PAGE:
Getting clean and sober is a great start in a new way of life, but it’s not the only step to happiness. When you first get clean, most of your focus is on learning how to cope with the whole world without the use of substances. You’re often told to stay away from people, places, and things that present danger to your recovery. This may mean avoiding people you’ve known for years through drug and alcohol use. It’s a difficult thing to do, but you’re worth it! And as you adjust to life in recovery, you’ll find you make new friends with similar interested. But how does somebody go about making new friends in recovery?
Getting to Know People at 12-Step Meetings
One of the first lifestyle changes outside of staying sober that you’ll make is getting yourself plugged into 12-step meetings. Here is where you’ll find a sponsor to help you work the 12 steps as well as building a reliable support network.
Staying clean isn’t a job to be done alone. You need a robust support network to lean on when times get difficult.
Making friends at meetings is an excellent start to building this network. But friendships don’t exist in a vacuum. Going to meetings alone isn’t enough to build a relationship. You’ll need to collect phone numbers and make an effort to reach out to others.
How can you get to know others in recovery outside of 12-step meetings? It’s easier than it may sound. Start going out with the group after meetings, if your schedule allows. Find out about events that are hosted by 12-steppers in your area. You’ll see flyers for events such as sober dances, camping getaways, etc. at your local 12-step groups. Make an effort to attend these groups and try to make friends with people who are more than a year sober. They have experience, strength and hope to offer you.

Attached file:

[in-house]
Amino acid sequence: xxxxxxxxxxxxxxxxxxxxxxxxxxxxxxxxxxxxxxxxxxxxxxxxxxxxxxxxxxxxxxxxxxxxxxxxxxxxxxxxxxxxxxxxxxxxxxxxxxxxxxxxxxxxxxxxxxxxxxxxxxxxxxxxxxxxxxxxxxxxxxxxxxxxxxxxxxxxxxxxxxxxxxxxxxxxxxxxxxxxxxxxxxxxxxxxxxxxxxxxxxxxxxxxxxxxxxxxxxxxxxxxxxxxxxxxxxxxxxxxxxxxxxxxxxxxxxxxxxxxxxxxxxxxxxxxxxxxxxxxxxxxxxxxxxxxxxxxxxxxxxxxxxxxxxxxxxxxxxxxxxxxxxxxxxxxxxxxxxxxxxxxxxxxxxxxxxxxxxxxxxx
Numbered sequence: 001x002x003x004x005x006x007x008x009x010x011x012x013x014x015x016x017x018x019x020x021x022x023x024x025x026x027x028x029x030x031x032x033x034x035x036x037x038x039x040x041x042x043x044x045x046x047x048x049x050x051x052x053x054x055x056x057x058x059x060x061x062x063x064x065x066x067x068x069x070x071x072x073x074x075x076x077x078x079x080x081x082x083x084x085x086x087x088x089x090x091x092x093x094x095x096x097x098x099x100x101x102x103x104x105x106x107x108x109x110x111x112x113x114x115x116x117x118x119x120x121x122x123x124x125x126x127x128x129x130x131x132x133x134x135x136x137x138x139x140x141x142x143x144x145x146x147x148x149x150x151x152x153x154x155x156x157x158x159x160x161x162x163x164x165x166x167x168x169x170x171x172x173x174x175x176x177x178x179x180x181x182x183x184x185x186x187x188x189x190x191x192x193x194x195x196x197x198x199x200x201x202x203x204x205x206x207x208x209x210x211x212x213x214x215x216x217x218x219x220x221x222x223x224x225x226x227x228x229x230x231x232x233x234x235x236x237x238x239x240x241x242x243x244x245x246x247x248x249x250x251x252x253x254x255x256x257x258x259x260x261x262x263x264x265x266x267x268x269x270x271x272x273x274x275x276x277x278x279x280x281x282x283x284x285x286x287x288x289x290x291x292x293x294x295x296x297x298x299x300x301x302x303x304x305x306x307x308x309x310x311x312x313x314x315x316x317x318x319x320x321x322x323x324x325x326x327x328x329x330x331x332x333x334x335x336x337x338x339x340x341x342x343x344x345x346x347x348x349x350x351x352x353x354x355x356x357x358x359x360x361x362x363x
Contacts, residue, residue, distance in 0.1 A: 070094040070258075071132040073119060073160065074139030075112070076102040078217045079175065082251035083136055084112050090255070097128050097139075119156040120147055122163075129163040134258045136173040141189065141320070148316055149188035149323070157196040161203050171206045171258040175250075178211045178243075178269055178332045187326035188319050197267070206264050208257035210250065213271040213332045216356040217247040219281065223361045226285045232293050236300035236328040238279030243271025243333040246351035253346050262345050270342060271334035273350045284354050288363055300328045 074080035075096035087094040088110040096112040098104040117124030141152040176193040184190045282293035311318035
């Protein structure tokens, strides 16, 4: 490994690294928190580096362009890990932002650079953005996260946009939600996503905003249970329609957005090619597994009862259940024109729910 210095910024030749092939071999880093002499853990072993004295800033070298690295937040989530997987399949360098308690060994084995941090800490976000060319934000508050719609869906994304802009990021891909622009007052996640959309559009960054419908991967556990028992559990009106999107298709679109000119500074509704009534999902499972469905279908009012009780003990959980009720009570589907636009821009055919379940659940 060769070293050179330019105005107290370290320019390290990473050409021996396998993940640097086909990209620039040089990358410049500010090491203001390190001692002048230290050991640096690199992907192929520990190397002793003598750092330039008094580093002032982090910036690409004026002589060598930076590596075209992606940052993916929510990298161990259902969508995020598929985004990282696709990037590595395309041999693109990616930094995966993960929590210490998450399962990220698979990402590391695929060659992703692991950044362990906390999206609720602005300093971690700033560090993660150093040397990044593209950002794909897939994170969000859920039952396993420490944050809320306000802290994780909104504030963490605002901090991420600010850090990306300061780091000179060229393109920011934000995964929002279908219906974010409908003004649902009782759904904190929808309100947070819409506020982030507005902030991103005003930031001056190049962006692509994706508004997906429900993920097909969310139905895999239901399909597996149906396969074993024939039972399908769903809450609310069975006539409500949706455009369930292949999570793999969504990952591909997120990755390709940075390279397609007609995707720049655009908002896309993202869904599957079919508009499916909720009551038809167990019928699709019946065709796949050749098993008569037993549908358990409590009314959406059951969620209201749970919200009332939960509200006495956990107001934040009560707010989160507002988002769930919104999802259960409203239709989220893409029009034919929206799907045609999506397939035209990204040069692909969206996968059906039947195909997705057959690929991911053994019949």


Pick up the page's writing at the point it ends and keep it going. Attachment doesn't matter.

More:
If you have trouble talking to people or are shy, try to make sure that you get a “service position” at your favorite meeting. This is an obligation that you fulfill weekly, and it may be as simple as making coffee or putting out literature. You’ll get to meetings earlier when you have a service position and, even if you’re shy, people will start to learn your name when you show up early every week.
If you’re worried you won’t have enough support after treatment, 12-step meetings are essential, but they are not your only option. Consider aftercare therapy groups and sober housing, which will give you support from peers who understand what you’re going through.
Finding Sober Housing
Sober housing is a great way to make friendships with others and live in an environment of supportive peers. Learn more about your options by calling us at 760-216-2077.